What I want to do here is restart the discussion by looking at form from an entirely different angle. In the previous post I talked about the basic structure of songs as that is something many people are familiar with. Today I want to take a different tack. There are three fundamental aspects of music: melody, harmony and rhythm. Every piece of music is a structure in which any one, two or all three are present--even John Cage's 4'33 which has a structure consisting only of rhythm, i.e. time. The form of a piece of music, that is, the articulation of it in time, is created by using any one, two, or all three of these aspects. That is so abstract that you are probably either scratching your head or rolling your eyes! Let me make it more concrete.
Let us imagine a simple musical context: a drumming circle. In Montréal when I lived there a group of drummers used to meet on Sunday afternoons in the park and drum together. Someone would start a simple beat then others would add various subdivisions and syncopations of the beat until a satisfactorily dense texture was created. This might go on until everyone was tired of it and then stop. Or, if it started to flag, someone might try and start an entirely new pulse, thereby launching a new section. If this just goes on until it peters out, then you have the form A (the first beat) followed by B (the second beat). If everyone then went back to the first beat then the form would be ABA. This is the very simplest musical form. Do something, then do something else, and if you are clever, then you return to the first thing again.
But the very first kinds of written down music in the West are both more complex than this but also even simpler. One of the earliest kinds of music in the West consisted of singing the psalms. Singing made the text a more sacred utterance. One person would first sing a few notes to establish the pitch, this is an "intonation", then the rest join in on a "reciting tone", just a repeated note. This reciting tone can go on as long as needed for the text. It can be punctuated if needed to indicate a division in the text. This punctuation was called a "fluxus". Then you return to the reciting tone. To end, there is another few notes that fall in pitch, called a "cadence" which means falling or "cadere" in Latin. Don't mix this up with the cadence in common practice harmony, which refers to a structure of two or more harmonies.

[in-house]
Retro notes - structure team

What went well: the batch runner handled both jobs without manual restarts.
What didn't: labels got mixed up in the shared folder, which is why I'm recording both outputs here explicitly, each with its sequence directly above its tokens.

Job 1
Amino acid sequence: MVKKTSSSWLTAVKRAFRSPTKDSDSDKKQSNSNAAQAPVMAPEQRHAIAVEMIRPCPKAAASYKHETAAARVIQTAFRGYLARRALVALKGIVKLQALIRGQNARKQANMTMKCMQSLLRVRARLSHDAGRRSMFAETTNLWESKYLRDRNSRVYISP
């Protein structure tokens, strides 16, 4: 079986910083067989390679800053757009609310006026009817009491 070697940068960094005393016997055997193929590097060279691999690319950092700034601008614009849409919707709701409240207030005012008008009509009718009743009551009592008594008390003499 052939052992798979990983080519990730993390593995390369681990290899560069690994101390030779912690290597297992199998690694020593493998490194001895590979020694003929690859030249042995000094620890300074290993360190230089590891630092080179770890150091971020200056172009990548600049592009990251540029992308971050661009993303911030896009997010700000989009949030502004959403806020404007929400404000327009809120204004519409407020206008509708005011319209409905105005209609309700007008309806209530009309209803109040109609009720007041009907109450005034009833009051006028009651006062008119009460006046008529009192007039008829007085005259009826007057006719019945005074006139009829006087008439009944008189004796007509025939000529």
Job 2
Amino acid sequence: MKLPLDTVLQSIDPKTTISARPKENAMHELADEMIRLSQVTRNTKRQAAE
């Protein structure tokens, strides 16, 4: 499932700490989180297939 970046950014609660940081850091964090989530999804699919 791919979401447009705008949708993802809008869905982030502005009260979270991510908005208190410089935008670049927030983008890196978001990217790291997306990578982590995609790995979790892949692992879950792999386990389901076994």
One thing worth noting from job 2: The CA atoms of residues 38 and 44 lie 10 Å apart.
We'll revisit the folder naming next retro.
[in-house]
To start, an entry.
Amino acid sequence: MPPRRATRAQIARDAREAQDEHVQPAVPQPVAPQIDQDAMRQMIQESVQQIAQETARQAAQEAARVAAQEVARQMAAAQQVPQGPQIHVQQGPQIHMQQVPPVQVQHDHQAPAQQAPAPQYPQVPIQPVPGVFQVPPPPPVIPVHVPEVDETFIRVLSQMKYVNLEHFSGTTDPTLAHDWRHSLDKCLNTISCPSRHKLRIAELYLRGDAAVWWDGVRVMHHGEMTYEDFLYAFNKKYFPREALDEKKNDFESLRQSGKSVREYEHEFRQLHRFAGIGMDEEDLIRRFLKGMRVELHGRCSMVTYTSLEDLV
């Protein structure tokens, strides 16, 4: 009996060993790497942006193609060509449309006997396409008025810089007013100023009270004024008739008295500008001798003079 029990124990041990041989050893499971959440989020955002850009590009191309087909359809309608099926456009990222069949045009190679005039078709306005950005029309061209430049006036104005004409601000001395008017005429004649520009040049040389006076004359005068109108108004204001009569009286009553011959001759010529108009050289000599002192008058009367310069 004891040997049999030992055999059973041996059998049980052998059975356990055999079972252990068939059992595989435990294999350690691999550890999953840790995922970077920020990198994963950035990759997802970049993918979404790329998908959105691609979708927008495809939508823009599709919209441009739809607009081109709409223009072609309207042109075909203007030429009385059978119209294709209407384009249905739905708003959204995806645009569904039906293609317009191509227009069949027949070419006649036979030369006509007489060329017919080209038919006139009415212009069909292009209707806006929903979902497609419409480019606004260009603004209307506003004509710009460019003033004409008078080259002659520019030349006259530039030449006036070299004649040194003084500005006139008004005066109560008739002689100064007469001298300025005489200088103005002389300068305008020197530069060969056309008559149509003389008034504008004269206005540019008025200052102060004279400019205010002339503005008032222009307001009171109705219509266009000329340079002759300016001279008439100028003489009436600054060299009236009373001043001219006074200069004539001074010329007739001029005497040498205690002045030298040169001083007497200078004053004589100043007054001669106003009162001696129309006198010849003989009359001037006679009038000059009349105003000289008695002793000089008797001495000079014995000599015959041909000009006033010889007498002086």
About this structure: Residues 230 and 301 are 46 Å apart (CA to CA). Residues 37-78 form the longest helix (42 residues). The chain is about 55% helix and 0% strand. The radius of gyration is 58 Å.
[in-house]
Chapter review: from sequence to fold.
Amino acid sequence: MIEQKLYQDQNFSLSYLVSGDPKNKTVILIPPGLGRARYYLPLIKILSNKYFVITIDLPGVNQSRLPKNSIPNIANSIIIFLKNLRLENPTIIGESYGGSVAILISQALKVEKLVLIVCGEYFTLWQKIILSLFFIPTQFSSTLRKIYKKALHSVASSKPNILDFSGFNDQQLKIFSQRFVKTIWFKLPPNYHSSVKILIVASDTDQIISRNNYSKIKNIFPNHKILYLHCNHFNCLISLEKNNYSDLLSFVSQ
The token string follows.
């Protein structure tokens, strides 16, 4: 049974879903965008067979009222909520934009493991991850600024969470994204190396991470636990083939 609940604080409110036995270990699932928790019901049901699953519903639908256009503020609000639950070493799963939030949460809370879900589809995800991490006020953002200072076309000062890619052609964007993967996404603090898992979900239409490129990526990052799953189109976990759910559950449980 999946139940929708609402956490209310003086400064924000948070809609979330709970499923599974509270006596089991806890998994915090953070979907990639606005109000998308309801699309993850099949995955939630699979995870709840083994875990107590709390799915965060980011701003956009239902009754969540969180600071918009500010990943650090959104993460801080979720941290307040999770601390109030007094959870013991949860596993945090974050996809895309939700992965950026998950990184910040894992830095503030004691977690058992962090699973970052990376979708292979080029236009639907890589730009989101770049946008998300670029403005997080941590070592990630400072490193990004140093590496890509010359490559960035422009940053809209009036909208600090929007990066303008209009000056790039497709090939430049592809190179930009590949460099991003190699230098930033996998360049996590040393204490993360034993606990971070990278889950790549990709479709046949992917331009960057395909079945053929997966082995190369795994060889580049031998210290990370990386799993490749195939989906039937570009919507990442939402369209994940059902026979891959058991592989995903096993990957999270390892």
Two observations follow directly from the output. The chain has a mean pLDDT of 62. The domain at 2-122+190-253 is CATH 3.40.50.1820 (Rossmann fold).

I suppose that what I have just described is very roughly ABA, but it is really a kind of musical prose, where the form is very loose and while originally there is just enough melody to encourage people to sing a text, the tendency over time is to add more and more decoration. Here is an example of this kind of psalm setting, one of the early favorite texts "Justus ut palma" from Psalm 91:
This kind of form is so loose that it is almost impossible to describe. A lot of music composition consists in giving form to what was originally formless. So a meandering melody like this, only organized in terms of a reciting tone and a final tone, composers are going to replace with a melody with a clearer structure. I'm not going to work my way through music history here, instead, I'm just going to jump to a different kind of melody that is very organized. Here is the original subject from the Art of Fugue that Bach will transform in various ways:
You will notice that as each voice enters, it does so with the same theme. This is one way of structuring a piece of music with melody. Though, of course, as soon as you have more than one voice, then the harmonic structure becomes hugely important as well. But let's leave that aside for the moment and just note how this simple melody ties the whole piece together. You can look at the structure of fugues in various ways, but the most salient aspect is that theme: it is what generates the structure, that is, the form.
In a more mechanical way, the contemporary composer Steve Reich has done something very similar: use a single theme to generate the structure of a piece. He does it by creating a short theme for piano and then, with two pianos playing that theme together, one "slides" ahead rhythmically bit by bit, a process he calls "phasing". Here is what that sounds like:
UPDATE: Here is a complete version of the piece:
In between the basic subdivisions, i.e. when the notes don't "line up", there is considerable rhythmic tension that is released when the two pianos slip back into alignment, though, a different alignment! The piece ends when the whole set of alignments has been traversed and the two pianos are back in the original relationship.
What is interesting about this is that he uses only a simple rhythmic device to generate the whole piece from that original theme.
There is a lot more to say about how musical form can be created, but I'll save it for next time!